The median age for the whole of Hungary is 40.2 years, with the females averaging 42.8 years versus 38.1 years is the average for the males.
Birth and Death Rates
According to demographic estimates done in 2011, the birth rate per 1,000 members of the population is about 9.6 while the death rate is placed at 12.68 per one thousand residents.
For the total population is the sex ratio is slightly in favor of the males although it is not by much, at 0.91 male for every female. At birth and for those under 15 years of age, the ratio is 1.057 males and 1.06 males, respectively. The ratio becomes lower in the 15 to 64 years and for those 65 years and over, registering only 0.98 males and 0.57 males for each age group, respectively.
Despite being a developed country, there is still an average of 13 maternal deaths for every 100,000 live births in Hungary, according to available data from 2008. Infant mortality rate averages 5.31 for every 1,000 live births for the whole country. Breaking it down by gender, there are 5.57 male infant deaths for every 1,000 live births while the estimate is about 5.04 female infant deaths for every 1,000 live births.
Life Expectancy at Birth
Life expectancy in Hungary is high, with an average of 74.79 for the total population. By gender, the women outlive the men by at least seven years, averaging 78.76 years as against the males whose average is only 71.04 years.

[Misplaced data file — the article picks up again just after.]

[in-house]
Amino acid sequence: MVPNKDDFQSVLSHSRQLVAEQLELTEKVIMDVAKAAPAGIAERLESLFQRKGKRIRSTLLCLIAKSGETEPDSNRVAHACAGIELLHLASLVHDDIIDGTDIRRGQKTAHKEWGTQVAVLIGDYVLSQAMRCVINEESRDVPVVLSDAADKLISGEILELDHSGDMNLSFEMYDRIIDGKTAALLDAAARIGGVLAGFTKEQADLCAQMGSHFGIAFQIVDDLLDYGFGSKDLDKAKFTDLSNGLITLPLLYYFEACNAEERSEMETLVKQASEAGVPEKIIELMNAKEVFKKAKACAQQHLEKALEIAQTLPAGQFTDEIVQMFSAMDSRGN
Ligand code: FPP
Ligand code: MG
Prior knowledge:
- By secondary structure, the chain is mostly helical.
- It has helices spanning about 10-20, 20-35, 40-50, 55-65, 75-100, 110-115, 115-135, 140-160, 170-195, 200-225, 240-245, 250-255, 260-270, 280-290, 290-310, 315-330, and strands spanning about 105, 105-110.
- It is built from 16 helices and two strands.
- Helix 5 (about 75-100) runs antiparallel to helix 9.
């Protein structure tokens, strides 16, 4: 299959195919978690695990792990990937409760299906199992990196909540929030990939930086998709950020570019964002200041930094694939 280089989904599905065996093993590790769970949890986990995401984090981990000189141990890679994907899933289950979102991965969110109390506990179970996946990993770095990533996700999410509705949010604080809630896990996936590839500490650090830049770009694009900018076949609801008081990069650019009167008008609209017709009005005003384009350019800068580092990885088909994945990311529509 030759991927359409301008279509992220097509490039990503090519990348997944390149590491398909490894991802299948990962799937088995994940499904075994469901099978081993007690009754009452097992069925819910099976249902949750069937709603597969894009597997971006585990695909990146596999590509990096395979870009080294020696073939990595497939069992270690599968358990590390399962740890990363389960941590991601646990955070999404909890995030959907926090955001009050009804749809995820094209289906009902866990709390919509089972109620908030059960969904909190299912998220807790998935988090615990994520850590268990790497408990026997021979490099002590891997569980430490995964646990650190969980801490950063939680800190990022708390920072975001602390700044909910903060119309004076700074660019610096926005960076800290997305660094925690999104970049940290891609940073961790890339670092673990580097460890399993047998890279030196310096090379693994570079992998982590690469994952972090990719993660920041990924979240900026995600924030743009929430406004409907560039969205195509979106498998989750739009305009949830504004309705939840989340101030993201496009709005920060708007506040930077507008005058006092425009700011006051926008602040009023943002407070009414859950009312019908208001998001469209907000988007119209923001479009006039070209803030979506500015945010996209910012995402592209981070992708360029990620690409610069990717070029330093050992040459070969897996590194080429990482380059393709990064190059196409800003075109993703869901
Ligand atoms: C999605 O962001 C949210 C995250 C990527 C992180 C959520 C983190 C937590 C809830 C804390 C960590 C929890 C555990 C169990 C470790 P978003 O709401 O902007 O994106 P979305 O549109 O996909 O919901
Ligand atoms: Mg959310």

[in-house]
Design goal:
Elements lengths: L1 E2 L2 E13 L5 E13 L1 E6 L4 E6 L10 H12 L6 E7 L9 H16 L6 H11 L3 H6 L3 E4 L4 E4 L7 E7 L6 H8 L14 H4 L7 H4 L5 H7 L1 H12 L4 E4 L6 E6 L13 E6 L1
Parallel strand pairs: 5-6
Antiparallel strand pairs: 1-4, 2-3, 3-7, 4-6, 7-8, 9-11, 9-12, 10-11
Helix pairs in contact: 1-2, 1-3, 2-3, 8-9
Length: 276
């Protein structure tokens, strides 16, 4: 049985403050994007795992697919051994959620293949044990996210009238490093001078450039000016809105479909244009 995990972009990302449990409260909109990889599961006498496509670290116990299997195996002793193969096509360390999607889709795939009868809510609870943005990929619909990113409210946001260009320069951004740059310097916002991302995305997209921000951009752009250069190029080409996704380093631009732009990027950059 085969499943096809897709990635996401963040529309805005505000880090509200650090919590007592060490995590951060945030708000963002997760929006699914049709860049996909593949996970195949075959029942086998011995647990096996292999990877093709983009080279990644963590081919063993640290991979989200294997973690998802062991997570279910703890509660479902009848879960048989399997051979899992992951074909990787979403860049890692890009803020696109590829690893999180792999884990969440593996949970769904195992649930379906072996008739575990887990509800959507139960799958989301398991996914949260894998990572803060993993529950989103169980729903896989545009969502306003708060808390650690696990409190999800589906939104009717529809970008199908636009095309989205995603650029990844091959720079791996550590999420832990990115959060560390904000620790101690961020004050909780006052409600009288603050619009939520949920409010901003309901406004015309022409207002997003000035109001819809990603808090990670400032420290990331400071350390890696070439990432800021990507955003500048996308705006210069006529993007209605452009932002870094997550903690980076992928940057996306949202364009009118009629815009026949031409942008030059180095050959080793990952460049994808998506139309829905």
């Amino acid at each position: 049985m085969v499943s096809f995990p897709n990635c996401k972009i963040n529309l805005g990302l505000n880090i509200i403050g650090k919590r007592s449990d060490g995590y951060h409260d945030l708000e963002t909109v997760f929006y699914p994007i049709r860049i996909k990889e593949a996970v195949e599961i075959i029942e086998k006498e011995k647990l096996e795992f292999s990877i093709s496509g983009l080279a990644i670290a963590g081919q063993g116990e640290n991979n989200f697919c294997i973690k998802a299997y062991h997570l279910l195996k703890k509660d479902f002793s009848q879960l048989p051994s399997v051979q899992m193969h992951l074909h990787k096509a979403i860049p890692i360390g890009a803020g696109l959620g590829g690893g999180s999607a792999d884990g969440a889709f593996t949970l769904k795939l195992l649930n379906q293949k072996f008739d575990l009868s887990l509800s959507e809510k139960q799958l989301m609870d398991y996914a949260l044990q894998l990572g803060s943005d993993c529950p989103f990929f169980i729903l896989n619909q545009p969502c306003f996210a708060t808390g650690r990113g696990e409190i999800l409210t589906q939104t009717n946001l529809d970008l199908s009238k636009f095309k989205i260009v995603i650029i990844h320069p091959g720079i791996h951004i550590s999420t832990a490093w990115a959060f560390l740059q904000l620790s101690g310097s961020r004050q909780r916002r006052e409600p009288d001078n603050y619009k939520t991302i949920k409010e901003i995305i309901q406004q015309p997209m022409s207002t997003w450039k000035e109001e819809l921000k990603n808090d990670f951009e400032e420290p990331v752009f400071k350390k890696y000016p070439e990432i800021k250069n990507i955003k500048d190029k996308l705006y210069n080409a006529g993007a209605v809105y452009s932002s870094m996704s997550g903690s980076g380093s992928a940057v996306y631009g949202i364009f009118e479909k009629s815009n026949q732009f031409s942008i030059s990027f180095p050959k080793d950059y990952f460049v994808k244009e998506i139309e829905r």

Adult prevalence of HIV/AIDS in Hungary is quite low a 0.1%, as of the 2009 estimates. There are about 3,000 people living with the disease in Hungary. From the same estimate, the number of deaths as a result of HIV/AIDS is less than 200.
According to the census done in 2001, the percentage of Hungarians living in the country is equivalent to about 92.3%. There are also some Roma that comprise about 1.9%. About 5.8% of the population is of unknown ethnicities.
The Roman Catholics dominate at 51.9%. Other denominations include Calvinist at 15.9% while 3% are of the Lutheran faith. Greek Catholics make up 2.6% while other citizens follow other Christian religions, representing 1%. Others or about 11.1% did not specify if they are following any religion while 14.5% of the population maintains that they are not affiliated with any religion.
The mother tongue for the majority of inhabitants is Hungarian, which comprises about 93.6% of the population while others or 6.4% speak other languages according to the 2001 census.
Hungary’s citizens are highly literate, with almost the whole population or 99.4% of the inhabitants aged 15 and over can read and write. Students stay in school for at least 15 years.